By Max Allan Collins
These are the latter two acts in a trilogy that, at least at this time, bookends Collins’ most voluminous body of work, the Nathan Heller Mysteries, which began in the 1980s with “The Frank Nitti Trilogy” (set in the 1930s-1940s) and end, at least for now, with “The JFK Trilogy” (set in the early 1960s). The opening tale of the latter-day trilogy was, of course, Bye Bye, Baby (2011). Interestingly, the time displacement between historical setting and publication era has remained about fifty years, although the 1980s-2010s interim has seen publication of various other tales, both novels and short stories, set in more randomly ordered eras between the 1930s and the 1950s…. Collins has been spinning tales in the long career of Chicago detective Nate Heller for an equally long time; I’ve not been reading them nearly so long, only discovering them about a decade ago. But I have thoroughly enjoyed the entirety of the series (well, except for one novel which inexplicably has remained unread on my bookshelf for several years – for some reason the opening of Damned in Paradise just hasn’t grabbed me the few times I have attempted starting it).
I read (and reviewed – link) Bye Bye, Baby about a year ago, Collins’ treatment of the mystery surrounding the death of Marilyn Monroe; I recently followed it up with Target Lancer and Ask Not, back to back, and therefore I’m writing them up together here. Without getting too spoilery, the former concerns Heller’s role in helping to thwart a little known plot against the life of President Kennedy in Chicago only a few weeks before the fateful trip to Dallas later in that same month of November 1963. The latter takes place some months afterward, dealing with events rippling out from the day that changed our nation forever. In neither novel does the specific mystery that brings Heller into play have anything specifically to do with the assassination attempts, and yet Heller’s investigations do quickly bring him right into the middle of the swirling morass of unholy alliances, rivalries, and plots that converged in Dealey Plaza, mainly because of Heller’s long associations with most if not all of the major players at every level inside and outside the law. Unexpectedly, to me at least, there’s little mystery in Heller’s (and therefore Collins’, and – if you accept his analysis – the reader’s own) mind regarding the broad strokes of Who Killed JFK? – He knows full well that it was a combination of government agencies (yes, including the CIA), organized crime (Chicago and New Orleans, at least, with their own agendas), Cuban interests, and US business who all have their own reasons for wanting JFK gone. One problem, especially driving the plot in the closing tale, is that Heller indeed knows ‘way too much and can be considered a “loose end.” Negotiating the threats against himself and those he loves keeps Heller on his toes from start to finish, and in the course of emerging with some guarantee of security Heller does come to some understanding of the specifics how the assassination was carried out (according to Collins’ typically convincing reconstruction).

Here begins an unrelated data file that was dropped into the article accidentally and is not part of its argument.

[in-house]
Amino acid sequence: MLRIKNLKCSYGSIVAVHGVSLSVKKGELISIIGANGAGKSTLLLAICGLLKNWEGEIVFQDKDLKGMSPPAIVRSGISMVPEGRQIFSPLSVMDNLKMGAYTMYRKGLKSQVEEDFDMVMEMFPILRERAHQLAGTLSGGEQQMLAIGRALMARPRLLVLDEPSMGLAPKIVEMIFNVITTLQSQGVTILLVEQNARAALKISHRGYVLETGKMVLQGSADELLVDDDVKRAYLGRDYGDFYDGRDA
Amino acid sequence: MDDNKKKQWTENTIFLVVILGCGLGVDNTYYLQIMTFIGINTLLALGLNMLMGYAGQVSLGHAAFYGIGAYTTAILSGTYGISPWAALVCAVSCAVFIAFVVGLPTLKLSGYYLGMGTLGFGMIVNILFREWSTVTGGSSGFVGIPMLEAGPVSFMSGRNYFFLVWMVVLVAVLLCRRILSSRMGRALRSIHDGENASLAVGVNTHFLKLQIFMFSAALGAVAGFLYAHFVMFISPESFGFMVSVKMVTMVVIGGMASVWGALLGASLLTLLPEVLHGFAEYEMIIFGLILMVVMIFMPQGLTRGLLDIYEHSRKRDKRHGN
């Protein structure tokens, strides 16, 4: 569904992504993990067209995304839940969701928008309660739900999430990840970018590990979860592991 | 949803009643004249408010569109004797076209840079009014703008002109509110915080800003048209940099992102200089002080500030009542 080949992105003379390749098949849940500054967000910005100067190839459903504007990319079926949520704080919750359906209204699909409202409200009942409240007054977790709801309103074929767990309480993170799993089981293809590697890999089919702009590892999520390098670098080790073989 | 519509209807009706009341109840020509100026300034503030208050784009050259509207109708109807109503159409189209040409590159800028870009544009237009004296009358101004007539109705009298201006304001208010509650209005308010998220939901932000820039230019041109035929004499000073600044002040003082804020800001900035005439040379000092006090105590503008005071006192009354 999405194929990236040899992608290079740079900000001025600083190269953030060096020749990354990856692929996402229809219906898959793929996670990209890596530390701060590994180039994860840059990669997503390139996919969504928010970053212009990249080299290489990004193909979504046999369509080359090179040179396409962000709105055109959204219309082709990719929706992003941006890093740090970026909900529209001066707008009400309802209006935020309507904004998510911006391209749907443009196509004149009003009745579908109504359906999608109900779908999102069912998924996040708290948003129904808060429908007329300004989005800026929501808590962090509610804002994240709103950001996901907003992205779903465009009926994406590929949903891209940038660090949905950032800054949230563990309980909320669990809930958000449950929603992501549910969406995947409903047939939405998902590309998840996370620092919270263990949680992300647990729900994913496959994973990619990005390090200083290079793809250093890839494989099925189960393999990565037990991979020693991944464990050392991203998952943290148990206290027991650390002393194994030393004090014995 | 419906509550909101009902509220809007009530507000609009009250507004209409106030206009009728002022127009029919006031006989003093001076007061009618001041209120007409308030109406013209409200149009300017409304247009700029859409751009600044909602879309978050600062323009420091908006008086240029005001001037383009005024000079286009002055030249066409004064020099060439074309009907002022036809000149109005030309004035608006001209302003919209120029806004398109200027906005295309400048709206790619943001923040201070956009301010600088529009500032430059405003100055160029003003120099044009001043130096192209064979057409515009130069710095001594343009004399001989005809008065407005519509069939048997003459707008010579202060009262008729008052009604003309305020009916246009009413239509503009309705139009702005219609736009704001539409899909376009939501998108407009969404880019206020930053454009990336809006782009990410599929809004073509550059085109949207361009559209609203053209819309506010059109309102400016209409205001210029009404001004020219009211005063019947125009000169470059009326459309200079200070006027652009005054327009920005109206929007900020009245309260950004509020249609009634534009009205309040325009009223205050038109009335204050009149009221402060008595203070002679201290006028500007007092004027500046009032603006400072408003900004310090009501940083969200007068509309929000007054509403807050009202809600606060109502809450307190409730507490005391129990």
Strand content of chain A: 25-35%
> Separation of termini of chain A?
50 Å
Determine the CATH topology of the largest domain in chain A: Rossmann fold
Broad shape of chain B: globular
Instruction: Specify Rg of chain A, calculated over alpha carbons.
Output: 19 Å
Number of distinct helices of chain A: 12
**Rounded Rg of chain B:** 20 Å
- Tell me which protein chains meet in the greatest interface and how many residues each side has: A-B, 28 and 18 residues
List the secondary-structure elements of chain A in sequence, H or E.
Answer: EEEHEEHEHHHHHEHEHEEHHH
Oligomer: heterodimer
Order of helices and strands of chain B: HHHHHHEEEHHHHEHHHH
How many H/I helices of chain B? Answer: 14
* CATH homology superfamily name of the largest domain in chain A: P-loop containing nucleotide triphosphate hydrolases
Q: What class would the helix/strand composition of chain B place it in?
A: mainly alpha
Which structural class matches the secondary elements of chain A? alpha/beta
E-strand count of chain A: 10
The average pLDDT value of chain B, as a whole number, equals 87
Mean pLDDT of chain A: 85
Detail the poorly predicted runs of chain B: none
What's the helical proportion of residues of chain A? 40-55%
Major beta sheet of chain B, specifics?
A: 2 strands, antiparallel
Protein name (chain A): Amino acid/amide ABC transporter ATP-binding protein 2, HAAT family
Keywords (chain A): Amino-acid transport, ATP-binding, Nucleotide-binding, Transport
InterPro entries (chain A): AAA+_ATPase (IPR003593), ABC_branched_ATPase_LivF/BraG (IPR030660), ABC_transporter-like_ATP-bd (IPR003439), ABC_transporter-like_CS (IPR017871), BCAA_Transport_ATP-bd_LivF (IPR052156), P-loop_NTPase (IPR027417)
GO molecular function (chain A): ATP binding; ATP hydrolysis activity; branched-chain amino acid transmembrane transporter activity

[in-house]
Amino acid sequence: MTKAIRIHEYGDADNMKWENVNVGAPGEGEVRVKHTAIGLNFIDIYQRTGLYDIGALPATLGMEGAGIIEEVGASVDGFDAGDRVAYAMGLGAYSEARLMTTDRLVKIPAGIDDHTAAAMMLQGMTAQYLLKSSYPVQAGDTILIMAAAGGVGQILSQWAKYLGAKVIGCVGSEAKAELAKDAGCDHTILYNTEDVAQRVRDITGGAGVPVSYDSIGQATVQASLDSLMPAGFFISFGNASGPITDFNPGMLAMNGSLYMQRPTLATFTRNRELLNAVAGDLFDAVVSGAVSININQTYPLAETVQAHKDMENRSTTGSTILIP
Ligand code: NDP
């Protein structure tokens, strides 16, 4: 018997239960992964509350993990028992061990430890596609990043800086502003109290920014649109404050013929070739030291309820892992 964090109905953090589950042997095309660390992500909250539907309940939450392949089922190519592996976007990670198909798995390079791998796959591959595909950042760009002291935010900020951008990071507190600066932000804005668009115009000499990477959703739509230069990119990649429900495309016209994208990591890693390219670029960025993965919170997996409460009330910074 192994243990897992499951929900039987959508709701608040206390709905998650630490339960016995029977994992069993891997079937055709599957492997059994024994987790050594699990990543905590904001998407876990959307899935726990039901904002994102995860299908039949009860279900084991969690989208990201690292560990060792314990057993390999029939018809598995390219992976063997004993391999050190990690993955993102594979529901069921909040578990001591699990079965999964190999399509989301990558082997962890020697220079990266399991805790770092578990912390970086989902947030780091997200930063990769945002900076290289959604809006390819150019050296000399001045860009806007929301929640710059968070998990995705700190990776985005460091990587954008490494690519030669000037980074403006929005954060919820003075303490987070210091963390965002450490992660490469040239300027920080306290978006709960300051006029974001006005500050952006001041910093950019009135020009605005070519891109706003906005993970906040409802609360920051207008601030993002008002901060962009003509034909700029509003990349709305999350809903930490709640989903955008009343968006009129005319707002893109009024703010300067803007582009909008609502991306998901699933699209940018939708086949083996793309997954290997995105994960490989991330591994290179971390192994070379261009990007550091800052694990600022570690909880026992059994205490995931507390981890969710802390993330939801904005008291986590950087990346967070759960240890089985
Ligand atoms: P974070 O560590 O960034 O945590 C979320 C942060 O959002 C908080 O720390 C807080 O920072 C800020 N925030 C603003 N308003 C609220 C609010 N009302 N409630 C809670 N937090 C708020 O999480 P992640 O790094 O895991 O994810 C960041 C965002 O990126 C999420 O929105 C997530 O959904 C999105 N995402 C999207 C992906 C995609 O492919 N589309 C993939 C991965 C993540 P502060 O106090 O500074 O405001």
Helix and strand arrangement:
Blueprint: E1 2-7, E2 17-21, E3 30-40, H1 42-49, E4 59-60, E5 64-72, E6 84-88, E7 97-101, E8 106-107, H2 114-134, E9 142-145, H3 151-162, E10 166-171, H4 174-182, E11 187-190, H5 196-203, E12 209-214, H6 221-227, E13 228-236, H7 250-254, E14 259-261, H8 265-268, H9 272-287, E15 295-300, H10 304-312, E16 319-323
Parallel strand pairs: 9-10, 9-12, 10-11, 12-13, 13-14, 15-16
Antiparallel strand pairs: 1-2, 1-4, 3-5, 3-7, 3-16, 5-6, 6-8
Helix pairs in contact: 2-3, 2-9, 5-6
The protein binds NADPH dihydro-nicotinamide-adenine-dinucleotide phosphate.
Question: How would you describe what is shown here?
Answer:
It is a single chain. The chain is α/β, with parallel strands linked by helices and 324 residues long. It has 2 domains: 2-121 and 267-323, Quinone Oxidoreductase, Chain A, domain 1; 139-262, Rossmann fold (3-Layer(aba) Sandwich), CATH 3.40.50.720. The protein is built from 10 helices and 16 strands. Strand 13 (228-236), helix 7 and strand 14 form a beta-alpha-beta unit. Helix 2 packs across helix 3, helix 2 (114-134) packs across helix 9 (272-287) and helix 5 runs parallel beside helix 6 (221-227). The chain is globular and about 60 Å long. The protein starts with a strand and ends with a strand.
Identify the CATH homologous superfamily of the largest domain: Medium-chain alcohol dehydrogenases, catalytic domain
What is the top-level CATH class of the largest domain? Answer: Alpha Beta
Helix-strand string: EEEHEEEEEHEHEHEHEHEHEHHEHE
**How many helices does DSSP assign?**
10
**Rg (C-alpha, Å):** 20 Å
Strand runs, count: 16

As usual, Collins includes an afterword entitled “I Owe Them One,” acknowledging his sources and aides in researching a topic which has –in common with many, many others for the past fifty years – fascinated him all his life. It’s a combination bibliographic essay and guide to the many historical personalities who explicitly, or perhaps in fictionalized composites, populate his pages. As usual, even though Heller is not the spry young man he once was (he's in his fifties now), he remains both tough as nails and virile as all get out, continuing to enjoy frequent explicitly written sex with such famous beauties as burlesque dancer Sally Rand [link and link] (who obviously aged as well as Heller himself is described to have, given that she continued to perform the titillating fan and bubble dances which so scandalized the 1933 World’s Fair in Chicago – yes, she appears [including in Heller's bed] in the earlier books as well – well into the 1970s!) and stripper Jada [link and link] from Jack Ruby’s own Dallas strip club! There are, of course, a host of other such figures, most memorable for me given the Louisiana connections being New Orleans mafioso Carlos Marcello [link].
Above, I qualified the image of “The JFK Trilogy” bookending the Nathan Heller series with “The Frank Nitti Trilogy.” According to the afterword in Ask Not, such was Collins’ intention for his saga. Nonetheless, Collins hints at a change of mind: “For those who consider that [the Kennedy assassination being the end of Heller’s story] bad news, I can reveal that Heller is contemplating a memoir about Robert Kennedy (dealing with both rackets committee days and RFK’s assassination) as well as one on the murder of Martin Luther King, Jr. It’s even possible that Heller will one day discuss a certain minor burglary at the Watergate Hotel” (@98% - page 316 of 318 - loc 5029 of 5126 Kindle edition).
To which I can only say, Hell yeah!
Cheers! – and Thanks for reading!